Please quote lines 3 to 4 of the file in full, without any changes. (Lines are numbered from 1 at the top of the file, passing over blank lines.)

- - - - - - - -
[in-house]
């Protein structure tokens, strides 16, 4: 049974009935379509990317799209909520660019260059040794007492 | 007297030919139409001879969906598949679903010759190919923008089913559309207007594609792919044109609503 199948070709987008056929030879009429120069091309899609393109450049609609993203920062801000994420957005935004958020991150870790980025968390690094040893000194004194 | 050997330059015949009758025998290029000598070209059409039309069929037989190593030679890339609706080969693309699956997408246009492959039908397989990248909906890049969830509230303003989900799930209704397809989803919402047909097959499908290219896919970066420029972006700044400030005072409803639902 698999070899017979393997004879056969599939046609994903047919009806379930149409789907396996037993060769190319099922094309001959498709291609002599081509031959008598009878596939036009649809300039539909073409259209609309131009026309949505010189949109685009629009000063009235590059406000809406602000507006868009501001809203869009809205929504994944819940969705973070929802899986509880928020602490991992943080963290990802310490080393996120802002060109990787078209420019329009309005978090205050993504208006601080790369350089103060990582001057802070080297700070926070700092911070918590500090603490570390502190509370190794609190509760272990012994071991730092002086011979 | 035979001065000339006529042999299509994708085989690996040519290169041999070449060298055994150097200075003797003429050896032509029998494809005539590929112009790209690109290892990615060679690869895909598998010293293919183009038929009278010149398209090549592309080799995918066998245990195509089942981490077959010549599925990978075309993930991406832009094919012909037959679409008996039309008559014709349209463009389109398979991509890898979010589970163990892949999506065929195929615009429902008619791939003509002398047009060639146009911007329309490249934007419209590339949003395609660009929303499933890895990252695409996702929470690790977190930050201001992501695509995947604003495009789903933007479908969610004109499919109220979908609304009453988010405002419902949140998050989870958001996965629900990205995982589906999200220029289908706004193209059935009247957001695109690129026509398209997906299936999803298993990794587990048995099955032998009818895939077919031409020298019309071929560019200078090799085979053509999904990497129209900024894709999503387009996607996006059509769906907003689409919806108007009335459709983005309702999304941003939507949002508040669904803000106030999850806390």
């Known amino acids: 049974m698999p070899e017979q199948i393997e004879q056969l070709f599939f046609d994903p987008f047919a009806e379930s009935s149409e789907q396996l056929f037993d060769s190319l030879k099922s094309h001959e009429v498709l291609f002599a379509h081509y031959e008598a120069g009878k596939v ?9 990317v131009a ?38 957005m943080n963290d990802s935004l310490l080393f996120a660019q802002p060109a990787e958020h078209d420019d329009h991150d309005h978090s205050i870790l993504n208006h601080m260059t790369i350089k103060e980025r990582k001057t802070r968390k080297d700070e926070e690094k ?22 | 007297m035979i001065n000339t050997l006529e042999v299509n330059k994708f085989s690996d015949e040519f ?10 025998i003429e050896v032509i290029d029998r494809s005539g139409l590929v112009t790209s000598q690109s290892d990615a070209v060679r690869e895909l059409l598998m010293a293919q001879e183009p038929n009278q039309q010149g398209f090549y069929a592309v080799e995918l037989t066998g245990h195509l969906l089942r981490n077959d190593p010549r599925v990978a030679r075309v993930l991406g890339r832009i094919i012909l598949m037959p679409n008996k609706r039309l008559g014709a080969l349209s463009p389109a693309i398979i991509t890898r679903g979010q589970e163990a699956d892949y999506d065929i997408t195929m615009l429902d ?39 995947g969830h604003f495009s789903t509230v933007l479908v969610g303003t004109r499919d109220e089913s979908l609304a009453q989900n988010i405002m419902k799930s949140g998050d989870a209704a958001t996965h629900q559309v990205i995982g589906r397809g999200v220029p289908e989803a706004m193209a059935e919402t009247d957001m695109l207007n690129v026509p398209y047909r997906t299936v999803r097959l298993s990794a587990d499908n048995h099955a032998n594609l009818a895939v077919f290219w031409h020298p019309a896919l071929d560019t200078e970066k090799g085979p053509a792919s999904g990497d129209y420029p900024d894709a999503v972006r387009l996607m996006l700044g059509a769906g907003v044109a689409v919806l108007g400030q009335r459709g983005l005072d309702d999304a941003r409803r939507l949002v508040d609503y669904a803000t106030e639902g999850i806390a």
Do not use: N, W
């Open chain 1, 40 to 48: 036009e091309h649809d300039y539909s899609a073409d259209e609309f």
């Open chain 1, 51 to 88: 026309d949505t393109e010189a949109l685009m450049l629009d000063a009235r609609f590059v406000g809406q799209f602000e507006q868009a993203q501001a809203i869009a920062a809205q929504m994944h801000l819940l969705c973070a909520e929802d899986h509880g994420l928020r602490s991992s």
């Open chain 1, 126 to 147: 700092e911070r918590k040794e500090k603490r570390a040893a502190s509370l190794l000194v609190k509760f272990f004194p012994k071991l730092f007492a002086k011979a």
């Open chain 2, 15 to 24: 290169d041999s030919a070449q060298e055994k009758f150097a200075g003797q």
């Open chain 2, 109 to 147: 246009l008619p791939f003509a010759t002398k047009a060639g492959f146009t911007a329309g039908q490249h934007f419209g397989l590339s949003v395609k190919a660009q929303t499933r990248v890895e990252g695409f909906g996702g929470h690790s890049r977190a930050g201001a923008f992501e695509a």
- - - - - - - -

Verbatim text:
């Known amino acids: 049974m698999p070899e017979q199948i393997e004879q056969l070709f599939f046609d994903p987008f047919a009806e379930s009935s149409e789907q396996l056929f037993d060769s190319l030879k099922s094309h001959e009429v498709l291609f002599a379509h081509y031959e008598a120069g009878k596939v ?9 990317v131009a ?38 957005m943080n963290d990802s935004l310490l080393f996120a660019q802002p060109a990787e958020h078209d420019d329009h991150d309005h978090s205050i870790l993504n208006h601080m260059t790369i350089k103060e980025r990582k001057t802070r968390k080297d700070e926070e690094k ?22 | 007297m035979i001065n000339t050997l006529e042999v299509n330059k994708f085989s690996d015949e040519f ?10 025998i003429e050896v032509i290029d029998r494809s005539g139409l590929v112009t790209s000598q690109s290892d990615a070209v060679r690869e895909l059409l598998m010293a293919q001879e183009p038929n009278q039309q010149g398209f090549y069929a592309v080799e995918l037989t066998g245990h195509l969906l089942r981490n077959d190593p010549r599925v990978a030679r075309v993930l991406g890339r832009i094919i012909l598949m037959p679409n008996k609706r039309l008559g014709a080969l349209s463009p389109a693309i398979i991509t890898r679903g979010q589970e163990a699956d892949y999506d065929i997408t195929m615009l429902d ?39 995947g969830h604003f495009s789903t509230v933007l479908v969610g303003t004109r499919d109220e089913s979908l609304a009453q989900n988010i405002m419902k799930s949140g998050d989870a209704a958001t996965h629900q559309v990205i995982g589906r397809g999200v220029p289908e989803a706004m193209a059935e919402t009247d957001m695109l207007n690129v026509p398209y047909r997906t299936v999803r097959l298993s990794a587990d499908n048995h099955a032998n594609l009818a895939v077919f290219w031409h020298p019309a896919l071929d560019t200078e970066k090799g085979p053509a792919s999904g990497d129209y420029p900024d894709a999503v972006r387009l996607m996006l700044g059509a769906g907003v044109a689409v919806l108007g400030q009335r459709g983005l005072d309702d999304a941003r409803r939507l949002v508040d609503y669904a803000t106030e639902g999850i806390a």
Do not use: N, W